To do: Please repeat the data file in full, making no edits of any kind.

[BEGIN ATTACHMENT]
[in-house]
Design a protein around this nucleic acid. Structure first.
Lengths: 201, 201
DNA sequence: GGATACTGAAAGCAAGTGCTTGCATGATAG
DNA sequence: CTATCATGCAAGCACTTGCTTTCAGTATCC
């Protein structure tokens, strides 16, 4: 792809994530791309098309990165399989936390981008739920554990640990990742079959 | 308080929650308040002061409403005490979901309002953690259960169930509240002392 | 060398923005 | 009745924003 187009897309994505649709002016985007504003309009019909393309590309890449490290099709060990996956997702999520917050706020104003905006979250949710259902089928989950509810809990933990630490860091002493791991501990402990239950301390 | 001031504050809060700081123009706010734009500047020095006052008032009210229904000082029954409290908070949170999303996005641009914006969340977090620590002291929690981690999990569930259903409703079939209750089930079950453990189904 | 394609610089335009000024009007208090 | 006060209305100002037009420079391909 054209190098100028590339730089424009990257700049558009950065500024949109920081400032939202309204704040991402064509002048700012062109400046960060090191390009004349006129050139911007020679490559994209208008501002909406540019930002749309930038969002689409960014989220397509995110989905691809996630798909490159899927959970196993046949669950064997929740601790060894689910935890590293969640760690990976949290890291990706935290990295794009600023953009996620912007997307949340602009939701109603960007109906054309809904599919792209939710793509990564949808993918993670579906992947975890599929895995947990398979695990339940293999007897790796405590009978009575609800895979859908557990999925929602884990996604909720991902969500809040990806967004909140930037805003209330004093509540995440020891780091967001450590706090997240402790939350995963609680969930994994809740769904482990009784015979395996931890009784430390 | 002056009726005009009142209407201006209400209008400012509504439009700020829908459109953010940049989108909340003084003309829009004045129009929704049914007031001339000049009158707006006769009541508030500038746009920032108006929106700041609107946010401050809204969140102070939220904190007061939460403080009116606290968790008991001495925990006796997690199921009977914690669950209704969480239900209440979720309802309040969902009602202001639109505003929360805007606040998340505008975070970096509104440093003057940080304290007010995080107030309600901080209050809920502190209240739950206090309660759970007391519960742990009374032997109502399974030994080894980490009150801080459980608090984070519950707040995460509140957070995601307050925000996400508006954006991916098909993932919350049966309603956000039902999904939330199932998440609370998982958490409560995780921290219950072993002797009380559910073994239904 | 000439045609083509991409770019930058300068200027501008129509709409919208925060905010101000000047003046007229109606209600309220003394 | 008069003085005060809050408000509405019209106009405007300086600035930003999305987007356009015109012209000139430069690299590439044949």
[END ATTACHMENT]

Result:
[in-house]
Design a protein around this nucleic acid. Structure first.
Lengths: 201, 201
DNA sequence: GGATACTGAAAGCAAGTGCTTGCATGATAG
DNA sequence: CTATCATGCAAGCACTTGCTTTCAGTATCC
């Protein structure tokens, strides 16, 4: 792809994530791309098309990165399989936390981008739920554990640990990742079959 | 308080929650308040002061409403005490979901309002953690259960169930509240002392 | 060398923005 | 009745924003 187009897309994505649709002016985007504003309009019909393309590309890449490290099709060990996956997702999520917050706020104003905006979250949710259902089928989950509810809990933990630490860091002493791991501990402990239950301390 | 001031504050809060700081123009706010734009500047020095006052008032009210229904000082029954409290908070949170999303996005641009914006969340977090620590002291929690981690999990569930259903409703079939209750089930079950453990189904 | 394609610089335009000024009007208090 | 006060209305100002037009420079391909 054209190098100028590339730089424009990257700049558009950065500024949109920081400032939202309204704040991402064509002048700012062109400046960060090191390009004349006129050139911007020679490559994209208008501002909406540019930002749309930038969002689409960014989220397509995110989905691809996630798909490159899927959970196993046949669950064997929740601790060894689910935890590293969640760690990976949290890291990706935290990295794009600023953009996620912007997307949340602009939701109603960007109906054309809904599919792209939710793509990564949808993918993670579906992947975890599929895995947990398979695990339940293999007897790796405590009978009575609800895979859908557990999925929602884990996604909720991902969500809040990806967004909140930037805003209330004093509540995440020891780091967001450590706090997240402790939350995963609680969930994994809740769904482990009784015979395996931890009784430390 | 002056009726005009009142209407201006209400209008400012509504439009700020829908459109953010940049989108909340003084003309829009004045129009929704049914007031001339000049009158707006006769009541508030500038746009920032108006929106700041609107946010401050809204969140102070939220904190007061939460403080009116606290968790008991001495925990006796997690199921009977914690669950209704969480239900209440979720309802309040969902009602202001639109505003929360805007606040998340505008975070970096509104440093003057940080304290007010995080107030309600901080209050809920502190209240739950206090309660759970007391519960742990009374032997109502399974030994080894980490009150801080459980608090984070519950707040995460509140957070995601307050925000996400508006954006991916098909993932919350049966309603956000039902999904939330199932998440609370998982958490409560995780921290219950072993002797009380559910073994239904 | 000439045609083509991409770019930058300068200027501008129509709409919208925060905010101000000047003046007229109606209600309220003394 | 008069003085005060809050408000509405019209106009405007300086600035930003999305987007356009015109012209000139430069690299590439044949």